“The Fightin’ Granny,” as former Rep. Gwyn Green was known, has died, unleashing a string of memories of the lawmaker, whose first victory in 2004 was so close it led to a recount.
She campaigned in a 1954 Chevy pickup that belonged to a fellow Jefferson County Democrat, Max Tyler, who succeeded Green when she resigned effective June 1, 2009, citing health concerns and a desire to spend more time with her grandchildren.
Among those who paid tribute to Green after news of her death spread was Ian Silverii, now the executive director of ProgressNow Colorado.
He wrote on his Facebook page how in 2007 he packed everything he owned in his grandfather’s 2001 Dodge Intrepid and drove from New Jersey to Colorado, where he managed his first state House campaign, for Green.
“Gwyn taught me everything about being progressive, having integrity, fighting the good fight and never letting up,” he wrote in part.
“I’ll never forget her infectious laugh, her tireless work ethic, and her short temper for injustice. Gwyn Green earned her nickname, ‘The Fightin’ Granny’ and she’s the one who taught me how to fight for what’s right.
“Rest in peace friend, I wouldn’t have this life without your mentorship and your trust in me. The world lost a warrior, and Colorado lost a legend.”
Green died Wednesday at her home in Golden at the age of 79. She is survived by her husband, Dan, their four children, 10 grandchildren and one great grandchild.
“She was passionate and committed to serving people throughout her life,” her youngest son, Ben, said.
Services are pending.
One thing stands out about when Green’s record is reviewed: her efforts to protect victims, including those damaged by the clergy. She and then Senate President Joan Fitz-Gerald in 2006 introduced a bill that would have lifted the statue of limitations on civil lawsuits in cases of sexual abuse. They let the measure die on the last day of the session rather than let it be weakened by opponents, including the Catholic Church.
From Tara Trujillo, who used to be the spokeswoman from the House Democratic caucus:
“Gwyn recalled being at Sunday service when the priest used his sermon to speak out against her legislation. Whether the priest knew it or not, Gwyn was sitting in the pews. Gwyn, who was very active in the church, stood up in the middle of his sermon, fired off a retort in front of the entire congregation and walked out.
“Gwyn was fearless. She never worried about her re-election and the more push back she got for the legislation, the more she stood tall.”
Green also is remembered for some memorable, chuckle-inducing comments.
One overcast day during the 2006 session, she asked for directions to the west steps of the Capitol where a news conference was being held. She explained that unless she can see the mountains to the west she has no idea where she is headed. The headline on the item in the Rocky Mountain News’ “Roll Call:” On foggy days she ends up in Limon.”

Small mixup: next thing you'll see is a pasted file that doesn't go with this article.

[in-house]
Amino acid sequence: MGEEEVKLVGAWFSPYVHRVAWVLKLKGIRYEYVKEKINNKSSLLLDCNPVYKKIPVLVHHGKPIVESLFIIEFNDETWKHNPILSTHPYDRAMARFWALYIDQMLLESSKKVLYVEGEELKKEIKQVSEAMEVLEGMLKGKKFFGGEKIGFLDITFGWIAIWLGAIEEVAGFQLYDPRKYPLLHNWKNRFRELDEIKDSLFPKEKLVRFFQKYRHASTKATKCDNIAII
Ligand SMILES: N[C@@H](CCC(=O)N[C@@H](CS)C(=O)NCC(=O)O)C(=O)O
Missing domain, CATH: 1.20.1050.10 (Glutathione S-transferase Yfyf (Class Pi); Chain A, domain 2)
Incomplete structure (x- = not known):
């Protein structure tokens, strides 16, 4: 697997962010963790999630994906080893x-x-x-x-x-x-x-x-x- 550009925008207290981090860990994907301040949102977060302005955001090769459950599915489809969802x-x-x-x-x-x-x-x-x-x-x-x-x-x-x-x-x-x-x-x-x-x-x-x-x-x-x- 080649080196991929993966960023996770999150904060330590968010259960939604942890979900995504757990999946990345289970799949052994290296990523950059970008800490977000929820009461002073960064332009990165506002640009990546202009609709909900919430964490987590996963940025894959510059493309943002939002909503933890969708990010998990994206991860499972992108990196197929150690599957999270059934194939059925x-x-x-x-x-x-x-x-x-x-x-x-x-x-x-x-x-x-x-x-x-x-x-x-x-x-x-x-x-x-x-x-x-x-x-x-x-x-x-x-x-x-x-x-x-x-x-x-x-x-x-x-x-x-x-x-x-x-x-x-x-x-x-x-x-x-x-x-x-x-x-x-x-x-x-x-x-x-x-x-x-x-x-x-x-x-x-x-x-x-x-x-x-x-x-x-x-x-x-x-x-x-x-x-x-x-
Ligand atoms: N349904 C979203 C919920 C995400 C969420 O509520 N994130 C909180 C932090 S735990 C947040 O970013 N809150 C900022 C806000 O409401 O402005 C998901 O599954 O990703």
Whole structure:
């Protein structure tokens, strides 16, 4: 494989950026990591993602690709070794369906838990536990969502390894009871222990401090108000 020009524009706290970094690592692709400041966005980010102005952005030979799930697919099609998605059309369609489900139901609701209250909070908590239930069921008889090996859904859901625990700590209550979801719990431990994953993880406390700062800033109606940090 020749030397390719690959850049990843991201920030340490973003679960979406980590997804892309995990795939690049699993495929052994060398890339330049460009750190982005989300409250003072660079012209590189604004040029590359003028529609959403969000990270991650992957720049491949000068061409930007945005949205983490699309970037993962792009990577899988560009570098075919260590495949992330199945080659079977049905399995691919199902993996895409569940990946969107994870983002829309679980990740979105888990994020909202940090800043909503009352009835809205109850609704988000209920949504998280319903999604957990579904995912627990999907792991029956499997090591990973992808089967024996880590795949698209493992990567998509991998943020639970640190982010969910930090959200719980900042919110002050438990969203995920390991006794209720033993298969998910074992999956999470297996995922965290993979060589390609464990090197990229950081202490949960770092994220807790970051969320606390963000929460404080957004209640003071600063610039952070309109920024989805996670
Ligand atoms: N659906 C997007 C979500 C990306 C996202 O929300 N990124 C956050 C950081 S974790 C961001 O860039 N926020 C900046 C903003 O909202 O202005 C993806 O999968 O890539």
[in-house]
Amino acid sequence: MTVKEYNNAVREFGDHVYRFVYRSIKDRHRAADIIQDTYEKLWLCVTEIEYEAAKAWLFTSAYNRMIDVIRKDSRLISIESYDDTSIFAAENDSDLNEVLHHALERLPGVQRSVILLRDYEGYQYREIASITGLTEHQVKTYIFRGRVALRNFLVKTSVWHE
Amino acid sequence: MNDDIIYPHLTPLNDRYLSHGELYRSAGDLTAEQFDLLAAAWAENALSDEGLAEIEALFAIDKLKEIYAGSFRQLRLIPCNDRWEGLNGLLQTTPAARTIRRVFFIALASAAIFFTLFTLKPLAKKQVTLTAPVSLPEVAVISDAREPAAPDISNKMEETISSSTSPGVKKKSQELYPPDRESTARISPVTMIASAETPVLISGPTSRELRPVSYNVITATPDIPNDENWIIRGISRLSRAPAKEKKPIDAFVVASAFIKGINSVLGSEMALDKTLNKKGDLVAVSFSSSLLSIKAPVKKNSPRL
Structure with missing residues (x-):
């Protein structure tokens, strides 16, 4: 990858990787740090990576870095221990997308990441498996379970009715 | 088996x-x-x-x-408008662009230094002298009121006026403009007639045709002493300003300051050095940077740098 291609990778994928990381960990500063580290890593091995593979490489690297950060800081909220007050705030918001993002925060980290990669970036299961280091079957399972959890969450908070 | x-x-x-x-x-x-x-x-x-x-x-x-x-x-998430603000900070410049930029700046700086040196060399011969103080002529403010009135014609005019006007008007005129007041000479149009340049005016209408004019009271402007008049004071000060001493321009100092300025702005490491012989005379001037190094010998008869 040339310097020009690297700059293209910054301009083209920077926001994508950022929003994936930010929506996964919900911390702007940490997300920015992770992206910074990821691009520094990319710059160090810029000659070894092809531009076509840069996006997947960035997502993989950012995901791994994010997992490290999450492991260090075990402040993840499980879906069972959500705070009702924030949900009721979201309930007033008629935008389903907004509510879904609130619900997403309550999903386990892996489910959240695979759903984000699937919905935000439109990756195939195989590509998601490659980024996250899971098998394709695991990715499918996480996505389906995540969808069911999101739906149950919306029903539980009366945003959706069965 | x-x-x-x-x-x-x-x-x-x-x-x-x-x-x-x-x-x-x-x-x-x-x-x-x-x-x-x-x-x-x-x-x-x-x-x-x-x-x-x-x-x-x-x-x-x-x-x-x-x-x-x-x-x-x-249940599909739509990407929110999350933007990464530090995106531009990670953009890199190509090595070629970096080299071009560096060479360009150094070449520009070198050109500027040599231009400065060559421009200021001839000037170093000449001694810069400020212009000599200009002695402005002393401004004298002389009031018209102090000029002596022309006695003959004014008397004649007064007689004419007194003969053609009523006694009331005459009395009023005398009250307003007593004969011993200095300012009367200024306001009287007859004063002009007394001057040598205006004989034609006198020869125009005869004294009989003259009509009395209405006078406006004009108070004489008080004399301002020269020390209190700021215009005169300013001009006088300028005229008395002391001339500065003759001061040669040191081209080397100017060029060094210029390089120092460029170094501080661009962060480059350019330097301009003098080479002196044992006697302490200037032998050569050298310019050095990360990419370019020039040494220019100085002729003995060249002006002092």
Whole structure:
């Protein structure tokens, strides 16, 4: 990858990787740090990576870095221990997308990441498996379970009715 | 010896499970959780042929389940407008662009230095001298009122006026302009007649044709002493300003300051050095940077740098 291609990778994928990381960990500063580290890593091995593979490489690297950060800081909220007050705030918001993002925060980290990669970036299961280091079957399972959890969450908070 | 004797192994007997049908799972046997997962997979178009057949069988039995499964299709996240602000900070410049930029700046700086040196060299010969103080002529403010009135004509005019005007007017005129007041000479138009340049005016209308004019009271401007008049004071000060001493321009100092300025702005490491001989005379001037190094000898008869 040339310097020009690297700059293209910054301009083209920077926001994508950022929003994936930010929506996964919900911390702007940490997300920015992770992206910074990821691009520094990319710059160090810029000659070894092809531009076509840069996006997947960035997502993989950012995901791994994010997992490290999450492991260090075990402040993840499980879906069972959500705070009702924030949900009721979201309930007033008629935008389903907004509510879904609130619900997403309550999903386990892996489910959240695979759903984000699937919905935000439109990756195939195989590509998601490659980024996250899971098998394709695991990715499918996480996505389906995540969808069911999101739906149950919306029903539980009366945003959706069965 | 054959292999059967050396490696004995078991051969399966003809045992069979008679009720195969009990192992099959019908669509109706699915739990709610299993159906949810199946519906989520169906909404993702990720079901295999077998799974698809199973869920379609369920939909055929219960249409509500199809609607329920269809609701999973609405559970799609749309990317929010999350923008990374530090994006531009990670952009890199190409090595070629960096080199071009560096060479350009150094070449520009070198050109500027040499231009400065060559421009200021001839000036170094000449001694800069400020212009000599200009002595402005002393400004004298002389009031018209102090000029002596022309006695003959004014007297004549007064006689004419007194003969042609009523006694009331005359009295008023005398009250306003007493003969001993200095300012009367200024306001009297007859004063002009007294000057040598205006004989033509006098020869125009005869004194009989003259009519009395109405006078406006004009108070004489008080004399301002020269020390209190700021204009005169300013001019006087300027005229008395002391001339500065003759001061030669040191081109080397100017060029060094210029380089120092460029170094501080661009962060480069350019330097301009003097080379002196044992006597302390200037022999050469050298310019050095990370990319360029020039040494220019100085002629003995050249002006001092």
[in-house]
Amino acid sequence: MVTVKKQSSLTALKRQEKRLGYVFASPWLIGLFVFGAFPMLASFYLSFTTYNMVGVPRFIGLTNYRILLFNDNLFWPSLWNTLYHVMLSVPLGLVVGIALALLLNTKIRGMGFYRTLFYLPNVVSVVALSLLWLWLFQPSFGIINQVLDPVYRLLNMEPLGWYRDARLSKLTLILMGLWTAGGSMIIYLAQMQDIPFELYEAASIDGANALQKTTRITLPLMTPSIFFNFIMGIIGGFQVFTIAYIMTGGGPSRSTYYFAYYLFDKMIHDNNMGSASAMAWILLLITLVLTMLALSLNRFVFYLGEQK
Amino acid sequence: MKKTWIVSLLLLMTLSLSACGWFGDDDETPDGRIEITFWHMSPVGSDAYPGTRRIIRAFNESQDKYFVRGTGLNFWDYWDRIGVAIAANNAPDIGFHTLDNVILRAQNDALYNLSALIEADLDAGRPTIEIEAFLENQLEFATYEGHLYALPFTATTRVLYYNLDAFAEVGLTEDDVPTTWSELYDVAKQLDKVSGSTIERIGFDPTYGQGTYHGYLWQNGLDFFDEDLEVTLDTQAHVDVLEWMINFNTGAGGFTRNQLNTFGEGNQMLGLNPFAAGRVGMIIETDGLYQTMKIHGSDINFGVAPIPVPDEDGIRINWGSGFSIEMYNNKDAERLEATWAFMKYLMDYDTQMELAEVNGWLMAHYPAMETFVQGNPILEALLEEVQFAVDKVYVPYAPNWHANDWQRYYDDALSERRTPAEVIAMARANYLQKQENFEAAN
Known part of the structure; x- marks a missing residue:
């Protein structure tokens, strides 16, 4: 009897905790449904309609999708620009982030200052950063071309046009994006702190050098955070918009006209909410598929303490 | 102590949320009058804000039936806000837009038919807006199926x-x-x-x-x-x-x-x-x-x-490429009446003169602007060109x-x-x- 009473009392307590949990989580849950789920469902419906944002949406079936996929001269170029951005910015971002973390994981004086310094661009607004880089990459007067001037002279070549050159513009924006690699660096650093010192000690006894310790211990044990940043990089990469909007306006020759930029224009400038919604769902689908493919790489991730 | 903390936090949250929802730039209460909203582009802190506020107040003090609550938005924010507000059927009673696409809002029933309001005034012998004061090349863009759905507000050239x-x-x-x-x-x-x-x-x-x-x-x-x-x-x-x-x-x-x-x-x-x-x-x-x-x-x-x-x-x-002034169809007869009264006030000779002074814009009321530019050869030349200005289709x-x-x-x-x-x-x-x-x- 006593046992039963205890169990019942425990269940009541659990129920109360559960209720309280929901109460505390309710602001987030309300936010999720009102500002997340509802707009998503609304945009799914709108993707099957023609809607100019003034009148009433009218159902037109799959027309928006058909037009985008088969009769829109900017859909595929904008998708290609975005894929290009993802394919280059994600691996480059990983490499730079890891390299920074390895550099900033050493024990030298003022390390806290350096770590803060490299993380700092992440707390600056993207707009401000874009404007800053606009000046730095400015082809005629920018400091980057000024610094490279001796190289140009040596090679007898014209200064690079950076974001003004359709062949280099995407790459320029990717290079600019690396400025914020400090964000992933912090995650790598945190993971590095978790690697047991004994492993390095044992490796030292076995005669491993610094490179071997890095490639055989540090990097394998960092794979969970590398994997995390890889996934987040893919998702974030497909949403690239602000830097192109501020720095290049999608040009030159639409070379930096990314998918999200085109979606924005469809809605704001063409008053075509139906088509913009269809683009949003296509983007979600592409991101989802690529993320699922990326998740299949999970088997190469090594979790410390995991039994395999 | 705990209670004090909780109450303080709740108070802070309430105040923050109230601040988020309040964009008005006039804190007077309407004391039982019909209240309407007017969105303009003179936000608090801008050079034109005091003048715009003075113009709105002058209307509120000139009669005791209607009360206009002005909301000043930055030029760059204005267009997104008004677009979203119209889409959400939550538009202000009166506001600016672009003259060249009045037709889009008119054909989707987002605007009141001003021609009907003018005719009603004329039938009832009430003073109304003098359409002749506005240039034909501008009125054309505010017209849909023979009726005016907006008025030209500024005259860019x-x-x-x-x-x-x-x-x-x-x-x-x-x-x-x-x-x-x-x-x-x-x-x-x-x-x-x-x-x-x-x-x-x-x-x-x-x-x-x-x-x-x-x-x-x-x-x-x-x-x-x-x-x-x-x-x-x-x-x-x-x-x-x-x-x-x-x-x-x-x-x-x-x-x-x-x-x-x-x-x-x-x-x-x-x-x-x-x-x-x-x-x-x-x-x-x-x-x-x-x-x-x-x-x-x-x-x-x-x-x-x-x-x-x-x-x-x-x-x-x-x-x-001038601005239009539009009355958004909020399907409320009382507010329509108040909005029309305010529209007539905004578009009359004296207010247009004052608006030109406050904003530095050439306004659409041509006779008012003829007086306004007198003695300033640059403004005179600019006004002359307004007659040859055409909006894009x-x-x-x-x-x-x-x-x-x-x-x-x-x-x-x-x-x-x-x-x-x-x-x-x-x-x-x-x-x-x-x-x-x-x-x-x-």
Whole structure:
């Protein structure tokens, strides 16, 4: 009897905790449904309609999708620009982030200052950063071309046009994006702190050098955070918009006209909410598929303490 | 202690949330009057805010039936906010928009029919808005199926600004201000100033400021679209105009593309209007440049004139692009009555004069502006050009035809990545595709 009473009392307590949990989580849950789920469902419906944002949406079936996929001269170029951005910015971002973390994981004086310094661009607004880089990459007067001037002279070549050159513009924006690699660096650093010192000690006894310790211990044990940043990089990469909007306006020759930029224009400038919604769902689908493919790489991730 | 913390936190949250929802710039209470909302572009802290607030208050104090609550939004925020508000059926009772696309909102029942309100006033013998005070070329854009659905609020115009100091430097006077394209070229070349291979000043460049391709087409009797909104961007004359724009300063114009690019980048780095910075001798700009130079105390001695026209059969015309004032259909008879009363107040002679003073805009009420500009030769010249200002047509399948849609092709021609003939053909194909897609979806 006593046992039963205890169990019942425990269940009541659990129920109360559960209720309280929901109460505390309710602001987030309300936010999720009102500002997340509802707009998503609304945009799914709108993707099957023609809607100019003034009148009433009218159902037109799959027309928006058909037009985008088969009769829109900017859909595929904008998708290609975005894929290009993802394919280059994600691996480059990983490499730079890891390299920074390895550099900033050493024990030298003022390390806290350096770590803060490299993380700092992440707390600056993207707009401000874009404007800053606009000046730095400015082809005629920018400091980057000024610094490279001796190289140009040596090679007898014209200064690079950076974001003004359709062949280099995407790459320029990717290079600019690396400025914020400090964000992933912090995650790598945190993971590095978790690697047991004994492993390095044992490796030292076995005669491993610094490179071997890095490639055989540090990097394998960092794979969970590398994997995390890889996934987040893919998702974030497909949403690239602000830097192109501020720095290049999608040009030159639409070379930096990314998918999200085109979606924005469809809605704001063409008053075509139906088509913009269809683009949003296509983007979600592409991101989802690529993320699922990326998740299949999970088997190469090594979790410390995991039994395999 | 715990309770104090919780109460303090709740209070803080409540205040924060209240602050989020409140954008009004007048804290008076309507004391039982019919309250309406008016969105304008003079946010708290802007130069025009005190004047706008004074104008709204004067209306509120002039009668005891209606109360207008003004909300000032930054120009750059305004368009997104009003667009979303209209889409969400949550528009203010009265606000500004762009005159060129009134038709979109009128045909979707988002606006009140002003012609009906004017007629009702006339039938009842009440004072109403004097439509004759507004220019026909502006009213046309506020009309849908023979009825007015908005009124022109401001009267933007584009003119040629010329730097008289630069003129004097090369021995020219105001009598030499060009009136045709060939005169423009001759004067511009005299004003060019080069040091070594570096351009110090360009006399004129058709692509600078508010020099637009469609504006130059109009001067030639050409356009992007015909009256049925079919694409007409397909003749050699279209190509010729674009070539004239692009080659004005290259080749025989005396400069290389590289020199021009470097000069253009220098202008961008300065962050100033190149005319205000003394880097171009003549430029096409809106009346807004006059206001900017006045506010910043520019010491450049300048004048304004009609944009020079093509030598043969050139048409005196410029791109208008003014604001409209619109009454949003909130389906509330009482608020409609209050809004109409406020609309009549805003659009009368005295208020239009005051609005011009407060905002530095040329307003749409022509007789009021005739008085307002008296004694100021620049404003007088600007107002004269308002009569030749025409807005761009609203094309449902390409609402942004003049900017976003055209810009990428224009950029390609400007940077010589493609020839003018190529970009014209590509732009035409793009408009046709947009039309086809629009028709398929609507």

That same year she maintained during a debate that the argument that nearly a thousand homes in Lakewood were threatened by eminent domain was nothing but hyperbole. Only she didn’t say “hi-PURR-bo-lee.” She said, “hyper-BOWL-ee.”
Green’s first victory, in 2004, was part of a history-making election, where Democrats won control of both the Colorado House and the Senate for the first time since the 1960 election. Tyler let her tool about the district in his antique truck.
She defeated the incumbent, Republican Ramey Johnson, by 48 votes.
Johnson blamed her loss on her own party, saying the GOP had “prostituted” itself on the issues of school vouchers. One wing of the Republican Party went after Johnson because her vote on school vouchers, and sent an attack letter to voters.
Green was 67 when she first ran for the House. Articles at that time show show the New Orleans native had obtained her master’s degree in social work, and was a member of Member of Citizens Involved in the Northwest Parkway (CINQ), League of Women Voters, National Association of Social Workers and Alliance for Retired Americans.
Her hobbies includes sketching and drawing, and she was holding her artistic tools when she was photographed for the Rocky’s “Citizen Legislator” series.
An emotional Green told her colleagues how much she was going to miss them when she announced her retirement at the end of the 2009 session. Among those who lauded her was House Minority Leader Mike May, a Parker Republican.
“Thank you for the battles, the passion you bring here,” he said.
Silverii’s Facebook post led to a string of tributes.
I loved her and was lucky to sit next to her on the House floor,” former Rep. Diane Primavera said.
“I was always so impressed when she would march up to the well and speak her mind and passion on a bill that was near and dear to her heart and constituents. Thank you for the notice. RIP Fighting Granny!!”